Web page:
Skip to content

Call us today on 0800 151 0221 or


EKA Latest News

Call us today 0800 151 0221

Factors to Consider When Using Concrete in Freezing Temperatures

Posted on by EKA Concrete

cold weather

The cold winter weather will be with us for a few months longer, so if you plan to be working with concrete at all this season, you’ll have the extra pressure of freezing temperatures to contend with.

Although this can prove difficult for any commercial or domestic project, there are some steps you can take to make sure that your concrete doesn’t end up compromised by the cold.

Concrete in the cold

We talked last month about the effects that the cold can have on concrete. The main threat posed by freezing temperatures is early freezing of the mix. If this happens, the mix will be severely weakened and rendered unusable. You want to avoid this at all costs.


There are many different mixes of concrete to suit specific projects, and these aren’t purely decided by the water-cement ratio of the concrete. Admixtures can be introduced during the mixing process to give the mix extra properties. Typically, these include things like added strength or improved workability, but you can also use admixtures to increase the setting rate of the concrete. These are called accelerators.

Concrete will set much slower in the cold, but adding accelerators to the mix will help to reduce the chances of premature freezing.

If you’re planning to pour concrete in the cold, discuss the mix with your supplier and they will be able to advise on the use of accelerators and other admixtures well in advance.

Plan your pour in advance

While the weather will be more predictable this time of year, there’s still room for things to change and some days will be better suited to pouring concrete than others. Keep an eye on the forecast and try to arrange your pour for as warm a day as possible. Keep in contact with your supplier and get the delivery date booked early on. Giving plenty of notice will work to your advantage should conditions suddenly worsen, and your supplier will be more likely to rearrange things for you if it’s too cold to pour concrete or if your site isn’t properly prepared for the drop in temperature.

Prepare your site

Whether it’s a smaller domestic worksite or a large scale construction site, you should prepare the area of the pour for adverse conditions.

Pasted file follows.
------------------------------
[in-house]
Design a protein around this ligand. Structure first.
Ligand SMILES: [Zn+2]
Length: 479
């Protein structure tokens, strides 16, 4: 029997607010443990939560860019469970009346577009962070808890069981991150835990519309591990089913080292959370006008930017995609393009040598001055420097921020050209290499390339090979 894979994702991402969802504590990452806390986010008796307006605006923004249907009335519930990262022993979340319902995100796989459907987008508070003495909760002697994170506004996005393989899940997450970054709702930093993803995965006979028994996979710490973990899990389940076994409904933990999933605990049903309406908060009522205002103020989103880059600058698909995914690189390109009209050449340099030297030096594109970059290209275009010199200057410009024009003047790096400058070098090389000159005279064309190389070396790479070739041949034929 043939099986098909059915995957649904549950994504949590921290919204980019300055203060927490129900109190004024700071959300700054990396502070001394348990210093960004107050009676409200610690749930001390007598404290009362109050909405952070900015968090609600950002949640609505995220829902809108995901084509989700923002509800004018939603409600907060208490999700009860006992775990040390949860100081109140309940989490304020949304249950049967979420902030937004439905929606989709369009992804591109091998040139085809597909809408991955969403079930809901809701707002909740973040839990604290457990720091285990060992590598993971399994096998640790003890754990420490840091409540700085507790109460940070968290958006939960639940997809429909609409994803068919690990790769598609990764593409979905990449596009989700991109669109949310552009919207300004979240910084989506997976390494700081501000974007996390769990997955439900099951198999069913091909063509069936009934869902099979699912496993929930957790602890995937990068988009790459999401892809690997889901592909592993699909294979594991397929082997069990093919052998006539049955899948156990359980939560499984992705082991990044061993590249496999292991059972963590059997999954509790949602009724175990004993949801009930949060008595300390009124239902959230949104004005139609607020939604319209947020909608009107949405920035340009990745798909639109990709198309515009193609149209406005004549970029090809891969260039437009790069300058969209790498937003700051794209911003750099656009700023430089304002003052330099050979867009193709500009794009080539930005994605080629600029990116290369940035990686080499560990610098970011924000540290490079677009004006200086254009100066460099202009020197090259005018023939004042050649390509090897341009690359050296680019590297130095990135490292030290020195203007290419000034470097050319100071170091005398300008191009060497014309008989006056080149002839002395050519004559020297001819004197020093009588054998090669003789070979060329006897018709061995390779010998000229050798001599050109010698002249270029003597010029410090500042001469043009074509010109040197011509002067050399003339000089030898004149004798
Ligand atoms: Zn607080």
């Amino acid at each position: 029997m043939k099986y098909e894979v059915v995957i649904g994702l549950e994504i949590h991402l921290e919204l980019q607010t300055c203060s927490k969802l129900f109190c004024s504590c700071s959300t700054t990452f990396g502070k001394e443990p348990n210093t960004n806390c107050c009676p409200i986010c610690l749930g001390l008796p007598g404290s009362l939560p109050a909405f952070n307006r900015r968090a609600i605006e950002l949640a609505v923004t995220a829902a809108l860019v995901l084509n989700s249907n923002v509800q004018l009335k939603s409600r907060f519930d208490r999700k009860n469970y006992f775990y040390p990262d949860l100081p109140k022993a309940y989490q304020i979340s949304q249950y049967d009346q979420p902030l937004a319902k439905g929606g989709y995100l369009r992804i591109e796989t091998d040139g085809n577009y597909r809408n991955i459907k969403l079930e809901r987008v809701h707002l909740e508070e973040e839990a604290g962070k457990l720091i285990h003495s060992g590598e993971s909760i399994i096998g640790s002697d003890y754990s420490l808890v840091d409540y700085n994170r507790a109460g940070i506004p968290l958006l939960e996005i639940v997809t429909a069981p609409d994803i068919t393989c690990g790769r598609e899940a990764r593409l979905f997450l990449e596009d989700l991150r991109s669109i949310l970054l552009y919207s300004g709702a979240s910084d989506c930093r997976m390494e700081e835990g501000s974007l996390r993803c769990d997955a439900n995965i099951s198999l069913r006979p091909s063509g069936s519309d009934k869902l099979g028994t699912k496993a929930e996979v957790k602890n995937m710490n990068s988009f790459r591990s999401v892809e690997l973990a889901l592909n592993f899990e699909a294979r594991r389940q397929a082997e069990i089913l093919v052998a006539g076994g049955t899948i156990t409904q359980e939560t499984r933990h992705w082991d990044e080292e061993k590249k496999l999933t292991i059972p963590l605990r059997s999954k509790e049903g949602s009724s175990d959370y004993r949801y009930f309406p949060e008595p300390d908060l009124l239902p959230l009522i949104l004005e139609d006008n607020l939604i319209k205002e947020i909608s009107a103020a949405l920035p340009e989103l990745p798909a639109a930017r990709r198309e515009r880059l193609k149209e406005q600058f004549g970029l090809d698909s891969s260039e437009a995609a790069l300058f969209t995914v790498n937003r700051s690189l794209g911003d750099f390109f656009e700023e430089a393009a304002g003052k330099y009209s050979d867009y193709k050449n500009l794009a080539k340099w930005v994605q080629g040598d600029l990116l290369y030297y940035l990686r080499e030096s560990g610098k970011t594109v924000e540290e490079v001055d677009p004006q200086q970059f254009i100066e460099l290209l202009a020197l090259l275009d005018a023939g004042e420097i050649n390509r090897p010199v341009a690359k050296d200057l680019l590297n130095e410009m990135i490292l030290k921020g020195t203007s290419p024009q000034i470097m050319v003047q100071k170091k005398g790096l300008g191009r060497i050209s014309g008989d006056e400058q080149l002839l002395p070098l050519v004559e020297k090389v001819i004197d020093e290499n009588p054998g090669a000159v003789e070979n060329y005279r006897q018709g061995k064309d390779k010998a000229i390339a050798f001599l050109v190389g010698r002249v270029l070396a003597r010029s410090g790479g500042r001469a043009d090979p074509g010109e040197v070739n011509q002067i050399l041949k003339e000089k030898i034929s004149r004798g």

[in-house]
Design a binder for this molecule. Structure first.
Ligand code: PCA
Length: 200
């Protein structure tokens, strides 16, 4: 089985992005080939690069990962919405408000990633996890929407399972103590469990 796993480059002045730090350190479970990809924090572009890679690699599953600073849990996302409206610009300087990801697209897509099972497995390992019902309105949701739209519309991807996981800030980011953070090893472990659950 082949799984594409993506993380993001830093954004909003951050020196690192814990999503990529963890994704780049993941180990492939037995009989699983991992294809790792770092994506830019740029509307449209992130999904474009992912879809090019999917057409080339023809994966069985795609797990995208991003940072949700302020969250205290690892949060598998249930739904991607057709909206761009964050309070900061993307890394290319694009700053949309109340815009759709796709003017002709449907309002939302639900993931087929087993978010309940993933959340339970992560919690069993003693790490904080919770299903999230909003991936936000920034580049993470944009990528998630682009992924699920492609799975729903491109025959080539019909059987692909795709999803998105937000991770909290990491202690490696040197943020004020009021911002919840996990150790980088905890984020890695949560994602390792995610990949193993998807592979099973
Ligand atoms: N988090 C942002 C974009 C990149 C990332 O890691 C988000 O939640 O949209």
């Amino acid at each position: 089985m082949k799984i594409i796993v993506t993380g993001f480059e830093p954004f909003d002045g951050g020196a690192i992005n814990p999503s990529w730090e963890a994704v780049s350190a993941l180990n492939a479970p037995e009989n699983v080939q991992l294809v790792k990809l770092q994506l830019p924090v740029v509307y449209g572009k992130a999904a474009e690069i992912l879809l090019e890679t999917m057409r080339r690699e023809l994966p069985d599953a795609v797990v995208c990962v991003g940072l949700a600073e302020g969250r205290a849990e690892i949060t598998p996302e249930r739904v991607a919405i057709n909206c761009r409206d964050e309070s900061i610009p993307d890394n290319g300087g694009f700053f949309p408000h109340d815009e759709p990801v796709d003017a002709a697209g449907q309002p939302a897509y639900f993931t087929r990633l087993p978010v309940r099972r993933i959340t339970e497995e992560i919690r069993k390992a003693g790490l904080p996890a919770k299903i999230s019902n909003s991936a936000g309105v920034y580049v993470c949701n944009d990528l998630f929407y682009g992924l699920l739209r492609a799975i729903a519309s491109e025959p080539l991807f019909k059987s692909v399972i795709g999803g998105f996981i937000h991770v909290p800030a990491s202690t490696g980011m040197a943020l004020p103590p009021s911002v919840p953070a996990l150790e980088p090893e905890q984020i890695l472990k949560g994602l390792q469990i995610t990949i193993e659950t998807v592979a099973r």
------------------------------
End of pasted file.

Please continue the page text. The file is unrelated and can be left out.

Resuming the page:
Your subgrade is one of the most important things to maintain – pouring concrete on a frozen subgrade should always be avoided. You can work to stop this from happening very early on, even a few weeks before the pour, simply by covering the subgrade with frost blankets and keeping it covered until it’s time to pour.

You can also bring in heaters to warm the ambient temperature, or close off the site to prevent cold air from infiltrating into the pour site.

Discuss the conditions with your supplier

Using a professional concrete supplier means you don’t have to leave things to chance. Discuss the prevailing conditions with them and they will be able to help you prepare for the cold. Enquire about the use of hot water in your mix – your supplier will likely default to this if the temperatures threaten to drop – and discuss how best to protect the concrete before, during and after the pour.

You can also discuss the best delivery options, as well as asking for advice specific to your kind of worksite – a concrete supplier will have vast experience working in a range of worksites, both domestic and commercial.

concrete delivery

Insulation is highly recommended during the curing process, so cover your slab with blankets to retain heat. It’s also recommended to leave your formwork in place for as long as you can to encourage a more even distribution of heat. This helps the concrete to maintain a better temperature for longer while it cures, giving it the best possible chance to attain its necessary strength.

When it’s time to remove insulation after the curing process, do so slowly. Try not to expose the concrete to a sudden temperature drop, known as ‘thermal shock’. A gradual cooling of the concrete will help to prevent against cracking, so remove blankets, heaters and formwork bit by bit, instead of all at once.

EKA Concrete have over 20 years of experience in supplying high quality concrete to a wide variety of clients throughout the South and South East of England. Our reliable and knowledgeable team are on hand to offer specific advice to aid your project, using their expertise to ensure a successful project whatever the weather. For more information on any of our services, dont hesitate to get in touch with us today.

This entry was posted in concrete, concrete tips. Bookmark the permalink.